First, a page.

News roundup: Rove to GOP: Stop talk about impeaching Obama
Rove says to cool it on impeachment talk. Herbert, NSA confident on energy tax carve out. Shurtleff attempted to broke $2 million deal.
Happy Friday. Rep. Jason Chaffetz has said that impeaching President Barack Obama over the Benghazi terrorist attacks is a possibility though he clarifies that it's not what he's seeking or even what may happen. But Karl Rove has some advice for Chaffetz and a few other Republicans who have uttered the i-word: Cool it!
-> Rove says in an op-ed that Republicans should just be focused on getting the facts out and not to muddy the conversation with the idea of tossing out the president. [TheBlaze] [W$J]
Topping the news: Then-AG Mark Shurtleff attempted to broker a $2 million deal to stop one businessman from his protests against another, recordings show. [Trib]
-> Meanwhile, federal and state investigators have met with a self-described "fixer" and Shurtleff ally in the ongoing probe into possible misconduct in the Utah attorney general's office. [Trib]
-> And in another twist, a man being prosecuted by the AG's office is asking the court to make the AG recuse itself from the case. [Vanocur]
-> Gov. Gary Herbert and National Security Agency officials are confident they can find an agreement so the agency's new Utah Data Center won't face an added electricity tax. [Trib]
Tweet of the day: From @mayorwinder: "Large scale food fight at West Lake Jr. High cafeteria now under control. Thank you WVCPD for assisting."
Happy birthday: On Saturday to our friend Kristin Rhodes and on Sunday to The Trib's computer guru Chris McDonald. On Monday send your wishes to Air Force Capt. Brandon Splawn.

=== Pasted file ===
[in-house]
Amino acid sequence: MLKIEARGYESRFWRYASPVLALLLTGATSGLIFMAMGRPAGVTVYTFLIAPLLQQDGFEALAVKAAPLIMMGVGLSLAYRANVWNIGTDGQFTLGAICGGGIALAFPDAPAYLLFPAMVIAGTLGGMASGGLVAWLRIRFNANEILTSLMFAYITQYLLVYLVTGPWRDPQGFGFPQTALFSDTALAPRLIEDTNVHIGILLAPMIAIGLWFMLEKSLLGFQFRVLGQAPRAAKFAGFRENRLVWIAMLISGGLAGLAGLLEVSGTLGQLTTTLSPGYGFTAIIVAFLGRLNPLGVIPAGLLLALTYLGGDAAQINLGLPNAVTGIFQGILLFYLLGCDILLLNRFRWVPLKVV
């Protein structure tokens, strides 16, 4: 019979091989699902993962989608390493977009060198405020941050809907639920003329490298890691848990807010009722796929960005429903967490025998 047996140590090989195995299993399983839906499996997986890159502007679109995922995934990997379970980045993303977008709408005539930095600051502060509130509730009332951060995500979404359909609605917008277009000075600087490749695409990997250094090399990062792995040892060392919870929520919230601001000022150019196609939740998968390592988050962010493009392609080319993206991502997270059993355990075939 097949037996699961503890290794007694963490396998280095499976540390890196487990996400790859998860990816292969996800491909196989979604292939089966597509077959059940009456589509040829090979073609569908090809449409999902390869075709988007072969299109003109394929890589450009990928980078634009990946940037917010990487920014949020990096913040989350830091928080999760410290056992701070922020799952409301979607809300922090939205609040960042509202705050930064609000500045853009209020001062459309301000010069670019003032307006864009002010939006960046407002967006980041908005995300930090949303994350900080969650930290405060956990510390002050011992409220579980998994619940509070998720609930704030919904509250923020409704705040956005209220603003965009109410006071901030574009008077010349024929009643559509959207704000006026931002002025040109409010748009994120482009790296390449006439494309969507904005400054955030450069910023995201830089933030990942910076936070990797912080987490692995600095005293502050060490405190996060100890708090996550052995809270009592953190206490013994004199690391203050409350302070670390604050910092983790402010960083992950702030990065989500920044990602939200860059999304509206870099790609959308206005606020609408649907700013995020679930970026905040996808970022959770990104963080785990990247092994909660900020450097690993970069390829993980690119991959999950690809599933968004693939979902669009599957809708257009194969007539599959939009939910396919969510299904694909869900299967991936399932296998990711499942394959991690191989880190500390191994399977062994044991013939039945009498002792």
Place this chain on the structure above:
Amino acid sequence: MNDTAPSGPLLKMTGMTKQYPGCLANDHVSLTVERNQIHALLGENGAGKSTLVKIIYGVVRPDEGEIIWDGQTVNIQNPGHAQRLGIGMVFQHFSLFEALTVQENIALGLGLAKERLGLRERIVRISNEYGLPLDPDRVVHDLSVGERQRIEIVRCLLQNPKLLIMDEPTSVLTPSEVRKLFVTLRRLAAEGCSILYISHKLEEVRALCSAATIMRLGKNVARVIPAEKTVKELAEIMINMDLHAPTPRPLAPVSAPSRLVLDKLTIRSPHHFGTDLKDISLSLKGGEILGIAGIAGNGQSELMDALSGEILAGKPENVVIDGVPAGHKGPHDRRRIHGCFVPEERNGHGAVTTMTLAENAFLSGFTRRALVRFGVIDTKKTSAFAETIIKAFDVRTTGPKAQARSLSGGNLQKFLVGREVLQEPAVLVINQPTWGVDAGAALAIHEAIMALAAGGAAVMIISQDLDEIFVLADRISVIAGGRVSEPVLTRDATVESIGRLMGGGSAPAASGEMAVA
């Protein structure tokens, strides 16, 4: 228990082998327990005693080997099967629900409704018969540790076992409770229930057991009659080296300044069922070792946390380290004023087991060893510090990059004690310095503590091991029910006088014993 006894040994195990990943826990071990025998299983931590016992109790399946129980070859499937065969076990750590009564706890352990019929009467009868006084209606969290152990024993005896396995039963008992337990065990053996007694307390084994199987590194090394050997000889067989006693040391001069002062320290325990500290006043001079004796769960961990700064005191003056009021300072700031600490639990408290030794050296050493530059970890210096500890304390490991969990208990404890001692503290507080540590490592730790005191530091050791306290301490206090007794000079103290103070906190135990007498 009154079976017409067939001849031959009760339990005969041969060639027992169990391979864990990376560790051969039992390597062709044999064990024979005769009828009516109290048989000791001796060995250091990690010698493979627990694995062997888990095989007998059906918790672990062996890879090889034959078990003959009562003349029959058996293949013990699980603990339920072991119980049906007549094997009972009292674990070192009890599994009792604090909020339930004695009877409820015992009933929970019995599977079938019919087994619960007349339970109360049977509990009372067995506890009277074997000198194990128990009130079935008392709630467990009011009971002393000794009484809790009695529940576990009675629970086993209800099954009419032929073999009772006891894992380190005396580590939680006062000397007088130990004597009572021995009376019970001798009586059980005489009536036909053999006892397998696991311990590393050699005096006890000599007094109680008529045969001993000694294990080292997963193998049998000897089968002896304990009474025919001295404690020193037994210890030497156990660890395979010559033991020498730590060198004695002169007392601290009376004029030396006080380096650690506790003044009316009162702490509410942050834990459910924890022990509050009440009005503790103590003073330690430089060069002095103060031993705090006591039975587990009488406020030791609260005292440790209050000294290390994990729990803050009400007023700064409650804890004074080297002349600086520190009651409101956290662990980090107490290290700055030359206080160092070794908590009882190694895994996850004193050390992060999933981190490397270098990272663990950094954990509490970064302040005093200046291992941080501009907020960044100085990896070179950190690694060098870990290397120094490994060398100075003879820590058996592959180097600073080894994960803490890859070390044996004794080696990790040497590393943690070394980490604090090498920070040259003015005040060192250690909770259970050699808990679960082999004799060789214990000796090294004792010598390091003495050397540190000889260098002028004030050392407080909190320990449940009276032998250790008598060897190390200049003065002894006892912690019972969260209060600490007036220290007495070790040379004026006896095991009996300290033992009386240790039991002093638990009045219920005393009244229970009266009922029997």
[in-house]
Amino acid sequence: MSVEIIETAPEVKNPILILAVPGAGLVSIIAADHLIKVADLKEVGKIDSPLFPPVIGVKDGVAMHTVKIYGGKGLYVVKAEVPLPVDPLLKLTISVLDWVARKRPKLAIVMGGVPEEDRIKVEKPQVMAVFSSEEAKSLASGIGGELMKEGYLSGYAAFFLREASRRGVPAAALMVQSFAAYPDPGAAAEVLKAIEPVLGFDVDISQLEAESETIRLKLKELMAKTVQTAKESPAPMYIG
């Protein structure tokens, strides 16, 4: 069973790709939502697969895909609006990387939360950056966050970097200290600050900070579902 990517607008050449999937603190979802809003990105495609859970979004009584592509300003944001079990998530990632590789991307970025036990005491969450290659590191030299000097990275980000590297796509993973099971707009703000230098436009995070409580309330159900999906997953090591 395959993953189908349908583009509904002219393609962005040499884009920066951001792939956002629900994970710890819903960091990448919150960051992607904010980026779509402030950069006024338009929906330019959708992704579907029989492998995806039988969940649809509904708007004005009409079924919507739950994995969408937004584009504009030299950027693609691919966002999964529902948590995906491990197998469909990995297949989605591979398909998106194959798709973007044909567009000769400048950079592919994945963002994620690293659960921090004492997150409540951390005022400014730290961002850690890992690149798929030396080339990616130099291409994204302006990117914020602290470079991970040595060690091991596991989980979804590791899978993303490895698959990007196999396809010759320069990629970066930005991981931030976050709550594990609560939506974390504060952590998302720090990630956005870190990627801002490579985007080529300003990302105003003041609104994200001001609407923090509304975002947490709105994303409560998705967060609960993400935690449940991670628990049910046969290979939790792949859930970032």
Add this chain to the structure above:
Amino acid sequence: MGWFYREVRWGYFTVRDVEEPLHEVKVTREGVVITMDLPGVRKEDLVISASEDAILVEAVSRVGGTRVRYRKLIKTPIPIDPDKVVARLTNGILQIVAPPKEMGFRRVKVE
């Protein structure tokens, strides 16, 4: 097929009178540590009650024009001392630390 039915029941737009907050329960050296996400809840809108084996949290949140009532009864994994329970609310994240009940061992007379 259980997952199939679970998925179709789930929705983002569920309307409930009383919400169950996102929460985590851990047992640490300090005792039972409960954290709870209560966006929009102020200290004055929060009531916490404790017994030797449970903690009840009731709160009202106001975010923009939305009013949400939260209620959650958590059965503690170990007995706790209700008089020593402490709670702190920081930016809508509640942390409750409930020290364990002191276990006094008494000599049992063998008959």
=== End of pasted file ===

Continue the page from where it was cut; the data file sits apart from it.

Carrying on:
Programming note: Cornflakes will not publish on Monday to honor Memorial Day. We wish to thank those who have served and those still doing so.
In other news: Sen. John McCain attempts to school Sen. Mike Lee about how business is done in Congress on the floor of the Senate. [TPM]
-> Lee, though, notes that he's tired of the back room deals, pronouncing that: "The way Washington works stinks!" [Examiner]
-> Sen. Orrin Hatch wants to hear from any Utahns who might have been wrongly targeted by the IRS and will include it as part of the Senate inquiry into the scandal. [Trib]
-> Utah could save $131 million and cover 123,000 of the state's uninsured residents by fully buying into the Medicaid expansion, a new report shows. [Trib] [DNews]
-> Former Utah Gov. Jon Huntsman says his new PAC doesn't hint at a 2016 bid but signals an interest in staying relevant in the re-invention of the GOP. [Trib]
-> Once again, a conservative group has named Utah the No. 1 state for business. [UtahPolicy]
-> Bob Bernick and Bryan Schott discuss new Utah GOP Party Chairman James Evans and WVC Mayor Mike Winder's decision not to seek re-election. [UtahPolicy]
-> Conservative columnist Rich Lowry says Sen. Orrin Hatch is "play[ing] the rubes" in his support of a comprehensive immigration bill. [NRO]
Nationally: Sen. Tom Coburn of Oklahoma says his constituents are telling him they were audited by the IRS because they donated to Mitt Romney. [TheHill]
-> Time magazine has uncovered President Barack Obama's prom picture and the fun detail of what he wrote in a friend's high school yearbook. [Time]
-> The Boy Scouts will now allow gay youths to join the program, though a ban on gay leaders remains. [NBCNews]
-> President Barack Obama set out new rules for the use of drones during a speech Thursday. [WaPost]
Where are they?
Gov. Gary Herbert meets with the state's Science Adviser, Dr. Carol Curchoe George, films a PSA for World Refugee Day, sits down with SL Co. Mayor Ben McAdams and later interview for Human Resource Management director candidates.
SL Co. Mayor Ben McAdams tours Primary Children's Medical Center, meets with Herbert and then with County Council Chairman Steve DeBry.
WVC Mayor Mike Winder attends the graduation ceremonies for Let's Learn Preschool.
President Barack Obama heads to Annapolis, Md., to speak at the U.S. Naval Academy and later signs a bill to offer the Congressional Gold Medal to commemorate the lives of four young girls killed in Birmingham, Ala., in 1963.
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